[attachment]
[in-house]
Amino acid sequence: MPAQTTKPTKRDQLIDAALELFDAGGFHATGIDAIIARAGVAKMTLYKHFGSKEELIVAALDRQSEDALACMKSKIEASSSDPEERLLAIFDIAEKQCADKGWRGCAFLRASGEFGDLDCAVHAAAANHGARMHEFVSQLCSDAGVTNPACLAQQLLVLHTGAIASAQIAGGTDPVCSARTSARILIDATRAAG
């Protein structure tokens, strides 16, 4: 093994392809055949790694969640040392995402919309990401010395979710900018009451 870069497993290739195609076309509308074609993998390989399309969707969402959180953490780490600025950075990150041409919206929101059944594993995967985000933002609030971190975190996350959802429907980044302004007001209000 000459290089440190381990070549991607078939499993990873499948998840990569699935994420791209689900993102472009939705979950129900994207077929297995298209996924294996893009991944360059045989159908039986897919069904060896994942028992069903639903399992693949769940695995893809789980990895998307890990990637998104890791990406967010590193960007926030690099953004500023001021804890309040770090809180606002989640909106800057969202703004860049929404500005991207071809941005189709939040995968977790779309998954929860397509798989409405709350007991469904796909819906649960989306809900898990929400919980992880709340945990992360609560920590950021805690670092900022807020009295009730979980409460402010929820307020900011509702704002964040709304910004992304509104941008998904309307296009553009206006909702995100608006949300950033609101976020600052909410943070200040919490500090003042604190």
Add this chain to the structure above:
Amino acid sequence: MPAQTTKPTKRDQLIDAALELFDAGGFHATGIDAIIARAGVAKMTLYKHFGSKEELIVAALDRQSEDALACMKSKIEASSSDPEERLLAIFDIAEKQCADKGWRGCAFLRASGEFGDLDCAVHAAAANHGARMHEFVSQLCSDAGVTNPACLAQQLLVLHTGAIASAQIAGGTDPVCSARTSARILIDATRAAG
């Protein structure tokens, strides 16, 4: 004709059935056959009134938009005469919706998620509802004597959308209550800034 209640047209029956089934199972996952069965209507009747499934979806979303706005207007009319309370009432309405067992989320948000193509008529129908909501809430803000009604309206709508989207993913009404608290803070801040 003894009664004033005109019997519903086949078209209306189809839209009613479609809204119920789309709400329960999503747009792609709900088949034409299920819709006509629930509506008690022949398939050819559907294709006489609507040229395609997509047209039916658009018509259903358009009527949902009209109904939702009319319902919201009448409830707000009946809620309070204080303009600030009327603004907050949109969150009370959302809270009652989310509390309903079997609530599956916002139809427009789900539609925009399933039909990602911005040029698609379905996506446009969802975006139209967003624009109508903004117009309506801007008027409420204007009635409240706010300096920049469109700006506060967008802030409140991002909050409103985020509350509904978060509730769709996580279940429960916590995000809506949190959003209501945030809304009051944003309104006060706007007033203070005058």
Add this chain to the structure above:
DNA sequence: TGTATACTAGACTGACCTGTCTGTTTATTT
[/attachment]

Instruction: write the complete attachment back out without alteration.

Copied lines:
[in-house]
Amino acid sequence: MPAQTTKPTKRDQLIDAALELFDAGGFHATGIDAIIARAGVAKMTLYKHFGSKEELIVAALDRQSEDALACMKSKIEASSSDPEERLLAIFDIAEKQCADKGWRGCAFLRASGEFGDLDCAVHAAAANHGARMHEFVSQLCSDAGVTNPACLAQQLLVLHTGAIASAQIAGGTDPVCSARTSARILIDATRAAG
């Protein structure tokens, strides 16, 4: 093994392809055949790694969640040392995402919309990401010395979710900018009451 870069497993290739195609076309509308074609993998390989399309969707969402959180953490780490600025950075990150041409919206929101059944594993995967985000933002609030971190975190996350959802429907980044302004007001209000 000459290089440190381990070549991607078939499993990873499948998840990569699935994420791209689900993102472009939705979950129900994207077929297995298209996924294996893009991944360059045989159908039986897919069904060896994942028992069903639903399992693949769940695995893809789980990895998307890990990637998104890791990406967010590193960007926030690099953004500023001021804890309040770090809180606002989640909106800057969202703004860049929404500005991207071809941005189709939040995968977790779309998954929860397509798989409405709350007991469904796909819906649960989306809900898990929400919980992880709340945990992360609560920590950021805690670092900022807020009295009730979980409460402010929820307020900011509702704002964040709304910004992304509104941008998904309307296009553009206006909702995100608006949300950033609101976020600052909410943070200040919490500090003042604190």
Add this chain to the structure above:
Amino acid sequence: MPAQTTKPTKRDQLIDAALELFDAGGFHATGIDAIIARAGVAKMTLYKHFGSKEELIVAALDRQSEDALACMKSKIEASSSDPEERLLAIFDIAEKQCADKGWRGCAFLRASGEFGDLDCAVHAAAANHGARMHEFVSQLCSDAGVTNPACLAQQLLVLHTGAIASAQIAGGTDPVCSARTSARILIDATRAAG
């Protein structure tokens, strides 16, 4: 004709059935056959009134938009005469919706998620509802004597959308209550800034 209640047209029956089934199972996952069965209507009747499934979806979303706005207007009319309370009432309405067992989320948000193509008529129908909501809430803000009604309206709508989207993913009404608290803070801040 003894009664004033005109019997519903086949078209209306189809839209009613479609809204119920789309709400329960999503747009792609709900088949034409299920819709006509629930509506008690022949398939050819559907294709006489609507040229395609997509047209039916658009018509259903358009009527949902009209109904939702009319319902919201009448409830707000009946809620309070204080303009600030009327603004907050949109969150009370959302809270009652989310509390309903079997609530599956916002139809427009789900539609925009399933039909990602911005040029698609379905996506446009969802975006139209967003624009109508903004117009309506801007008027409420204007009635409240706010300096920049469109700006506060967008802030409140991002909050409103985020509350509904978060509730769709996580279940429960916590995000809506949190959003209501945030809304009051944003309104006060706007007033203070005058």
Add this chain to the structure above:
DNA sequence: TGTATACTAGACTGACCTGTCTGTTTATTT